New England Wildlife Center
Preserving New England's Wild Legacy
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By: NEWC Staff

Toads for Mount Auburn Cemetery

By Dr. Joe Martinez, Ed.D

Mount Auburn Cemetery ( ) is renowned as both the first garden cemetery to be established in the United States (consecrated in 1831) and as a birding hotspot (this past Spring a pair of nesting great horned owls with their two fledglings created quite a stir). Besides birds, other wildlife inhabiting the cemetery includes coyotes, foxes, painted turtles and bullfrogs. This is especially impressive when one considers that its location lies within both Cambridge and Watertown.

Over the past two decades the Cemetery administration has been committed to improving wildlife habitat on the grounds through plantings of native groundcovers, bushes and trees with the intent of attracting more wildlife to the cemetery. More recently, the administration has agreed to a project, initiated through a citizen-scientist proposal by Joe Martinez (the New England Wildlife Center’s outreach educator) and Patrick Fairbairn (a member of the Watertown Conservation Commission), to attempt a repopulation of the grounds with American toads, gray treefrogs, and spring peepers.  Each of these amphibian species was undoubtedly present in the cemetery at its inception; their disappearance from the cemetery is probably due to earlier landscaping practices that eliminated suitable habitat for the juveniles and adults.

The project is beginning with the American toad. Over a three year period (that began this year) a specified number of toad tadpoles will be collected each Spring from two locations near Boston and released into a vernal pool at the cemetery.  One of those locations is the rainwater retention pool at the New England Wildlife Center. In the five years since its creation wood frogs, spring peepers, and American toads have migrated in from the adjacent wetlands to breed there. When approached by Joe, Dr. Greg Mertz graciously agreed to volunteer NEWC as one of the donor locations.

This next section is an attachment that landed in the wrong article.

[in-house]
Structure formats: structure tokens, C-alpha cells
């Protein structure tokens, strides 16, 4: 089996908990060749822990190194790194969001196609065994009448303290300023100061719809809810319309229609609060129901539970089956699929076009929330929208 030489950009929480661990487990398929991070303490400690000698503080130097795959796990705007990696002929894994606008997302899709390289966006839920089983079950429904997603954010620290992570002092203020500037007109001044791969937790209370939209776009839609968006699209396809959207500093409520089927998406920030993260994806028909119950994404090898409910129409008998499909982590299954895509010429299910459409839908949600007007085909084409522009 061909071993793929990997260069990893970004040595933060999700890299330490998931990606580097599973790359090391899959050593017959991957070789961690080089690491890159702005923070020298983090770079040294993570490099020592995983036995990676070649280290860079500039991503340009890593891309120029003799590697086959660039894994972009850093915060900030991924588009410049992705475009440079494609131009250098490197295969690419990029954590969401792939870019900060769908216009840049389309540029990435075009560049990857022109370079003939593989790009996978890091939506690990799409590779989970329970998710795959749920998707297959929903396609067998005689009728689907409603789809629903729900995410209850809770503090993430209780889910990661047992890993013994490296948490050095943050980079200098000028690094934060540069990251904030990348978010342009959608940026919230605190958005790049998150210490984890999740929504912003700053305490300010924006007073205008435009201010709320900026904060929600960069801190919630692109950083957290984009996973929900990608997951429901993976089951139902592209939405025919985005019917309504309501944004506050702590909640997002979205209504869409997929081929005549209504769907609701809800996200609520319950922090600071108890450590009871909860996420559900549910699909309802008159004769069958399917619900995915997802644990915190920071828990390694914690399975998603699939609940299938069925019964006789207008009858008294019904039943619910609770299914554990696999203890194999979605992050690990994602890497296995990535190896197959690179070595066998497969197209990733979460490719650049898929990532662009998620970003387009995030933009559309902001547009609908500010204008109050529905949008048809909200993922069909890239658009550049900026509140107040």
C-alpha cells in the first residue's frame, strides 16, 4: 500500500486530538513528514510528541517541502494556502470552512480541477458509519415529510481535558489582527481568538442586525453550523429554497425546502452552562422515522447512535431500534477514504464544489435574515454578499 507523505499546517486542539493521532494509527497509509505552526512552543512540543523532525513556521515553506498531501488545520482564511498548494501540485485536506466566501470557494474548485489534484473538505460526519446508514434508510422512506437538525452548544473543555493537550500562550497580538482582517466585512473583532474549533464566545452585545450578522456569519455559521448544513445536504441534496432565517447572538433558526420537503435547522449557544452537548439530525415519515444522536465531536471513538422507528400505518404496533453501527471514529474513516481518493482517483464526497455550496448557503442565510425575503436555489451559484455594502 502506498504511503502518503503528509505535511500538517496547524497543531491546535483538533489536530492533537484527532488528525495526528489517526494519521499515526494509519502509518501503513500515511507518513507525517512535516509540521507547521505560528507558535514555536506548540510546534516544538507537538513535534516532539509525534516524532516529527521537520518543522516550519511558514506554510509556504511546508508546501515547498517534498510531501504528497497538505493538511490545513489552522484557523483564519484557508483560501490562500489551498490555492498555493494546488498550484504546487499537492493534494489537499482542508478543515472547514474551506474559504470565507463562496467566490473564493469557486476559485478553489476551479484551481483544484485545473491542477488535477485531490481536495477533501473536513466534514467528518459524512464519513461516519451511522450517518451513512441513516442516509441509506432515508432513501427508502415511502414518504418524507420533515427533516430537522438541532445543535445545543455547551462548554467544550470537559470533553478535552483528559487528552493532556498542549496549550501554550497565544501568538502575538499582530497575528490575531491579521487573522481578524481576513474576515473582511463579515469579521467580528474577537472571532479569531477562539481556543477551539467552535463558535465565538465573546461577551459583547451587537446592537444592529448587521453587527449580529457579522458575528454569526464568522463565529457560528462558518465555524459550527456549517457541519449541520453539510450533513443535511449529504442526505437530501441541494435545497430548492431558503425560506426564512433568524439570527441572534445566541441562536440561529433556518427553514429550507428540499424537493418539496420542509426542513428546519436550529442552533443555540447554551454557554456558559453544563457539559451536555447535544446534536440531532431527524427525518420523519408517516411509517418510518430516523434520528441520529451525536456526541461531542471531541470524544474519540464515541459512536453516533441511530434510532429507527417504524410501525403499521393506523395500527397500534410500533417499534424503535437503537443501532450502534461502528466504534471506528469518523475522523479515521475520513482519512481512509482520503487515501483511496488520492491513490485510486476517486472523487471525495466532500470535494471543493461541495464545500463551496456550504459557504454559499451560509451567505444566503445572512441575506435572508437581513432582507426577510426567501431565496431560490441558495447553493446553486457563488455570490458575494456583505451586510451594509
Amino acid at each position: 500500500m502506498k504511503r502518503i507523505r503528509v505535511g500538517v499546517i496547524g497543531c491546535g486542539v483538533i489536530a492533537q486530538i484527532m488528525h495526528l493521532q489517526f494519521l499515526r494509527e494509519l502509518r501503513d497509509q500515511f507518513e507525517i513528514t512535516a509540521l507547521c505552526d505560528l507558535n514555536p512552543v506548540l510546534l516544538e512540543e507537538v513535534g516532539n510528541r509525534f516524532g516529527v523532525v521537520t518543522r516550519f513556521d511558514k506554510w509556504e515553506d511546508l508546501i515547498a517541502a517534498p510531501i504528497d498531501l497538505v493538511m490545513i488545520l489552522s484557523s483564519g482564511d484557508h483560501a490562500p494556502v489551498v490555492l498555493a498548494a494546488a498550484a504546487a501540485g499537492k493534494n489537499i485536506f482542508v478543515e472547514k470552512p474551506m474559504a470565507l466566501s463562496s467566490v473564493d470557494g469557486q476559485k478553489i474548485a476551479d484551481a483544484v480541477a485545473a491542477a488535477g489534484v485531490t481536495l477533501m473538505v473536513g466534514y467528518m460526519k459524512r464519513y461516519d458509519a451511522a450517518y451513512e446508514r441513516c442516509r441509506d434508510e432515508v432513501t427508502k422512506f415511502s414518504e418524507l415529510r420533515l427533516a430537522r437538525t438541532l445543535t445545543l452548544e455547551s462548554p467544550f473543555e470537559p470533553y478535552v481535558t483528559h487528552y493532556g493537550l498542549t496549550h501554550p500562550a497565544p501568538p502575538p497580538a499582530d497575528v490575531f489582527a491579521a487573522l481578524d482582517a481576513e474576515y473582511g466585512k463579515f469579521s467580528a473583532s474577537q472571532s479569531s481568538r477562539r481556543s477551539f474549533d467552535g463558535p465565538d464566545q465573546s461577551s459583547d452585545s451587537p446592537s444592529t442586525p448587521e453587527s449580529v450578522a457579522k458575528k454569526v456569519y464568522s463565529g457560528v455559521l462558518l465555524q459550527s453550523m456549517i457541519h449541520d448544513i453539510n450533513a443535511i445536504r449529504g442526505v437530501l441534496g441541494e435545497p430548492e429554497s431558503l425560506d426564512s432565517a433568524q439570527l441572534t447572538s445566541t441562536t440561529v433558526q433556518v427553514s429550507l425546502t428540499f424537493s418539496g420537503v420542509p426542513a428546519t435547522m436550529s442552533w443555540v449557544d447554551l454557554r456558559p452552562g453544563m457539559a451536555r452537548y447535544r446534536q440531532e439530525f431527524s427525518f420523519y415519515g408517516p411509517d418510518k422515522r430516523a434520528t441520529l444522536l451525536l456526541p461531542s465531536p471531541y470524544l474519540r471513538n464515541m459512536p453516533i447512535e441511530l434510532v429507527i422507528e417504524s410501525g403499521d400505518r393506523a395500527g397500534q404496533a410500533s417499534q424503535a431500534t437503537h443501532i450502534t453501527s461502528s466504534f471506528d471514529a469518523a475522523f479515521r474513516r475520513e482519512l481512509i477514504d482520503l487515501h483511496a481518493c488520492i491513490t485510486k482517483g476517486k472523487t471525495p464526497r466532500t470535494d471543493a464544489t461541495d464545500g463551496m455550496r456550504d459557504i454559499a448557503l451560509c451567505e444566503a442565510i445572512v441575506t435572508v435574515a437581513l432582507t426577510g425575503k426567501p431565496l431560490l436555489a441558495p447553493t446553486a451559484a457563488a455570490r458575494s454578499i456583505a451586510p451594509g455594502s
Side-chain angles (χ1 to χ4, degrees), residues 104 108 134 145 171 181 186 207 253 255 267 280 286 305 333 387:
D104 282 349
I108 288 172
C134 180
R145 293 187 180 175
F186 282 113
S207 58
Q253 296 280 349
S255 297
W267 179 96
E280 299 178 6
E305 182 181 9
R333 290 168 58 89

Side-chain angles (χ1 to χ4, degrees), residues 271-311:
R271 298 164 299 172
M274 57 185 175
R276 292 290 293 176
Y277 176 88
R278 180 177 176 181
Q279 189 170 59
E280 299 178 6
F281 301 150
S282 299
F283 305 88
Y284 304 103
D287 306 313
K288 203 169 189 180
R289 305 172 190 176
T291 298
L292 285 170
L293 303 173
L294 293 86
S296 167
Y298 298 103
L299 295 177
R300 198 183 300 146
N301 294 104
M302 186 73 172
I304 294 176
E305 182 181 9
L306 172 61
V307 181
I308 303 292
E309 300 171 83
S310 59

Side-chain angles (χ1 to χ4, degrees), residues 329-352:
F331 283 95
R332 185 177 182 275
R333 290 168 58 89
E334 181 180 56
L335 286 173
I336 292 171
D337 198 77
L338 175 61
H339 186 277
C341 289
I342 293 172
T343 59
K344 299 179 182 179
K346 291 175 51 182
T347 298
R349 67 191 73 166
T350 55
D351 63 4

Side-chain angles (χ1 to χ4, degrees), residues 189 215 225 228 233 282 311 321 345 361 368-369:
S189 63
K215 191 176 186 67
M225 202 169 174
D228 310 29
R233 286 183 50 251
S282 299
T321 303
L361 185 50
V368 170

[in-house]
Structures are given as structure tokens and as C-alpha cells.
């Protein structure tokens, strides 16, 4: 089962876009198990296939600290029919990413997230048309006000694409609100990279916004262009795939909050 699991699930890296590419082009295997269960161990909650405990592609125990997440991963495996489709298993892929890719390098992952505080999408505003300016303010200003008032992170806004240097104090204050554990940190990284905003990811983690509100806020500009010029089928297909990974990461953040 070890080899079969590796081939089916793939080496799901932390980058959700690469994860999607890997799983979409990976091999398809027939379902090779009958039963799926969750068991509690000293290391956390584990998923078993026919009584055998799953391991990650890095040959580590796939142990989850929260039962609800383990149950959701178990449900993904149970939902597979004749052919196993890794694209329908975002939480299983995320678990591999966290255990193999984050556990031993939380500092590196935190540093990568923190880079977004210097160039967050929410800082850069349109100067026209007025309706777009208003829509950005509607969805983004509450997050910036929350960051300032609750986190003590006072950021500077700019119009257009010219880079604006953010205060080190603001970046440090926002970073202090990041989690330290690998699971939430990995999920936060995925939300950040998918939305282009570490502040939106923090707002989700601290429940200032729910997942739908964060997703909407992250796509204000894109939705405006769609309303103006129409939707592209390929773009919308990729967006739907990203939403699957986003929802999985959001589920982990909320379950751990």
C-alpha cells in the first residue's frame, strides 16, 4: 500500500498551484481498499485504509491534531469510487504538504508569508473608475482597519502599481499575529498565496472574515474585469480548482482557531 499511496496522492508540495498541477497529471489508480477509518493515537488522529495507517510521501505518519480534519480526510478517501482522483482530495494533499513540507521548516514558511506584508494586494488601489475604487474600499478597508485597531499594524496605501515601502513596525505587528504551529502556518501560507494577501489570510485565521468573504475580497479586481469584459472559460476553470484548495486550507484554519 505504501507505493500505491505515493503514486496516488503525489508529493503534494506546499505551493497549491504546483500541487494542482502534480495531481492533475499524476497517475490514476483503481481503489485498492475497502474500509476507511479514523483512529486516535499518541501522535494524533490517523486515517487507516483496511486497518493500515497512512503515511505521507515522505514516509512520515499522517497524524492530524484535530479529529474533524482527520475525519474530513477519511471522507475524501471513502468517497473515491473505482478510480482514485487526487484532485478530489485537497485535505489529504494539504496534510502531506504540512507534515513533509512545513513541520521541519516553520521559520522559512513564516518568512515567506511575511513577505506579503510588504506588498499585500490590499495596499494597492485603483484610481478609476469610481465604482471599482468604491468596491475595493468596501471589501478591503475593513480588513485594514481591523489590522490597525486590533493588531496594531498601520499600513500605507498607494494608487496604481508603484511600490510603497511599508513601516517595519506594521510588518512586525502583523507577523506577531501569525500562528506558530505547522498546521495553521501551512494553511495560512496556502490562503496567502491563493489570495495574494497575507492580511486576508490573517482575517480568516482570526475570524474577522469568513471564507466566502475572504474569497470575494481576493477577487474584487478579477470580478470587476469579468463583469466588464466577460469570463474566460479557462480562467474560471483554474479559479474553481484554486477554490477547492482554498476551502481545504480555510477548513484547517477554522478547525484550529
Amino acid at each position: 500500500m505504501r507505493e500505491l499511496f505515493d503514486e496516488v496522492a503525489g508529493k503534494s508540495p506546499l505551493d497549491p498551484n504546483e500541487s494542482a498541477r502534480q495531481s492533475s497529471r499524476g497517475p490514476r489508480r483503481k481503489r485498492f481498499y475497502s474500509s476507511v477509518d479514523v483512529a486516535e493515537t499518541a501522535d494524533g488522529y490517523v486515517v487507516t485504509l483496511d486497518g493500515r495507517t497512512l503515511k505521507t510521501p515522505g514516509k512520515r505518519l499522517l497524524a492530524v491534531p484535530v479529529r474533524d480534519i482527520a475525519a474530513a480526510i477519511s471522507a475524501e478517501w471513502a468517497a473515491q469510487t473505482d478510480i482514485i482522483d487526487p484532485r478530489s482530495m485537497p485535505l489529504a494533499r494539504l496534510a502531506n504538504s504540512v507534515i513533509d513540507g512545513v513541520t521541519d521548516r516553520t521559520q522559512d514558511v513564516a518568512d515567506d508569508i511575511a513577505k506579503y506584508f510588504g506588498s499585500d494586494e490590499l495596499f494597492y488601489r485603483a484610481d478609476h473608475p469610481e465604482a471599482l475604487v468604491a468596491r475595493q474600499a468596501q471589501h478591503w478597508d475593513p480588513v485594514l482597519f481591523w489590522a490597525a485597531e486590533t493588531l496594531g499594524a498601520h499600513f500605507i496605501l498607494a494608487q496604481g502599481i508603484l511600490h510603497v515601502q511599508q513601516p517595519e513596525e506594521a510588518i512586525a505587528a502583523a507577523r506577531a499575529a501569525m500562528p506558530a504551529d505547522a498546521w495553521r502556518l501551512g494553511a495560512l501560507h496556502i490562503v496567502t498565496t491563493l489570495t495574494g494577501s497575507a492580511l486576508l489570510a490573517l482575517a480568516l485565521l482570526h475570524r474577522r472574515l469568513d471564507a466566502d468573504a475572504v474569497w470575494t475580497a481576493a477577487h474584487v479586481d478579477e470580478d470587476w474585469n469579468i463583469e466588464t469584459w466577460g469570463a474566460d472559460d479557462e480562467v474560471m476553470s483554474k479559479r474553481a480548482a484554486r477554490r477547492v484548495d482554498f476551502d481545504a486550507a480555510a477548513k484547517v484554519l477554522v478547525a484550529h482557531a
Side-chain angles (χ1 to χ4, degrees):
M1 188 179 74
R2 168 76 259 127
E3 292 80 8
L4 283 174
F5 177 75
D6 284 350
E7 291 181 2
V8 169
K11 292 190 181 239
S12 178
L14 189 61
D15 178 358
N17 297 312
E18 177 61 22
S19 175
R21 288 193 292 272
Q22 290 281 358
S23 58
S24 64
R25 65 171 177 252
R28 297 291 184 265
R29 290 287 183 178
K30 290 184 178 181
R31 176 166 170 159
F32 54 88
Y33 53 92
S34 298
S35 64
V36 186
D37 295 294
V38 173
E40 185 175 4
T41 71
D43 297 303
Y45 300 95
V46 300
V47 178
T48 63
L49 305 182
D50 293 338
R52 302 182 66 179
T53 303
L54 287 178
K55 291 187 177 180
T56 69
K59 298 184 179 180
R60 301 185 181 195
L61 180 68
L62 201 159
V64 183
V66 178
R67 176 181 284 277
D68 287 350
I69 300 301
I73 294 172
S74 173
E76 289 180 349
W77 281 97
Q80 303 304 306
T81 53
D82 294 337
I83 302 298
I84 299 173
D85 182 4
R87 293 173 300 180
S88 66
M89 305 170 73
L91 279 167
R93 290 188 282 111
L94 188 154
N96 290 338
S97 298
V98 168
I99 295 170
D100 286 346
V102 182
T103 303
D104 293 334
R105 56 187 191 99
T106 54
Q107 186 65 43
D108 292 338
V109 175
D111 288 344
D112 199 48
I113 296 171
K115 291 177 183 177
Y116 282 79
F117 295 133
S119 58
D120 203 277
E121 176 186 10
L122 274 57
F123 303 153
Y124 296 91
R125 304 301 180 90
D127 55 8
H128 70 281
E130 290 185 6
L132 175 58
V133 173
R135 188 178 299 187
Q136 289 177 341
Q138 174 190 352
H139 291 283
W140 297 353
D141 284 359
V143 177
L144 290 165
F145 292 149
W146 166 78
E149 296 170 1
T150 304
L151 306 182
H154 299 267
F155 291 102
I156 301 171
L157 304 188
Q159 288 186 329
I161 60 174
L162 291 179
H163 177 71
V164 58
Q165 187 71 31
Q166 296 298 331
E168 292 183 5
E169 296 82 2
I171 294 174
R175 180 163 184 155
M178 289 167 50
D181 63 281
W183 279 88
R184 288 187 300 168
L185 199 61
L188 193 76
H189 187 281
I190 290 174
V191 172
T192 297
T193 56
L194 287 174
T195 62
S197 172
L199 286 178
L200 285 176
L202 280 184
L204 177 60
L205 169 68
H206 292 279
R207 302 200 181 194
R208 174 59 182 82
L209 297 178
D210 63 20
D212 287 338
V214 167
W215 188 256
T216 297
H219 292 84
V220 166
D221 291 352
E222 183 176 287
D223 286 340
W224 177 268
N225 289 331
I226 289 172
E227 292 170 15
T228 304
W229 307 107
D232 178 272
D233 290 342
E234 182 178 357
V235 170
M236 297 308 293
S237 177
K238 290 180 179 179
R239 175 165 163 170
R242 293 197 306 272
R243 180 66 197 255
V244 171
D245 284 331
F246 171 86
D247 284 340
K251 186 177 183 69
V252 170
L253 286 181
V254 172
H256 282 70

Moving any Massachusetts amphibian from one location to another with the intent of establishing a new population requires permission from the state Fish and Wildlife Department, therefore a Massachusetts Fish and Wildlife scientific collecting permit was obtained. In addition, permission was  needed from the Watertown Conservation Commission (as the release site within the cemetery lies within Watertown).

This past May the first tadpoles were collected from the retention pond and transported to the cemetery.  The tadpoles began metamorphosing in late June and have already been seen over twenty yards from the vernal pool. Should any survive into adulthood they will return to the vernal pool to breed. If all goes well, in 3-4 years, the melodic sound of trilling American toads will add yet another wildlife element for visitors to enjoy at Mount Auburn Cemetery!



The rainwater retention pool. This pool was created to collect rain run-off from the roof and parking lot of the Thomas E. Curtis Wildlife Hospital and Education Center and filter the water before it reaches a nearby wetland. Three species of amphibians now breed here.


American toad tadpoles from the rainwater retention pool. Most of them have hindlimbs.


A newly metamorphosed toad at the cemetery. It was found along the shore of the vernal pool in which it was released.


In a few years toads this size may be living at Mount Auburn Cemetery!



By: Katrina Bergman
Solar voltaic Cells



Our very own Zak Mertz took up the challenge of climbing to our roof and reviewing some of our green technologies that help make us a sustainable building. Here is what he has to say about our solar voltaic cells which line the entirety of our rooftop.

By: Greg Mertz, DVM

The Center is a science based organization that relies daily on the process and results of the scientific method.  We rely on science methods in the fields of veterinary medicine and natural history research.  We are not a laboratory research institution but mostly utilize retrospective and observational style investigations.  Nevertheless, the scientific method holds.  We are currently working on trying to understand the immune response of blue mussels to temperature changes.  Here a student intern takes a “blood” sample from a mussel.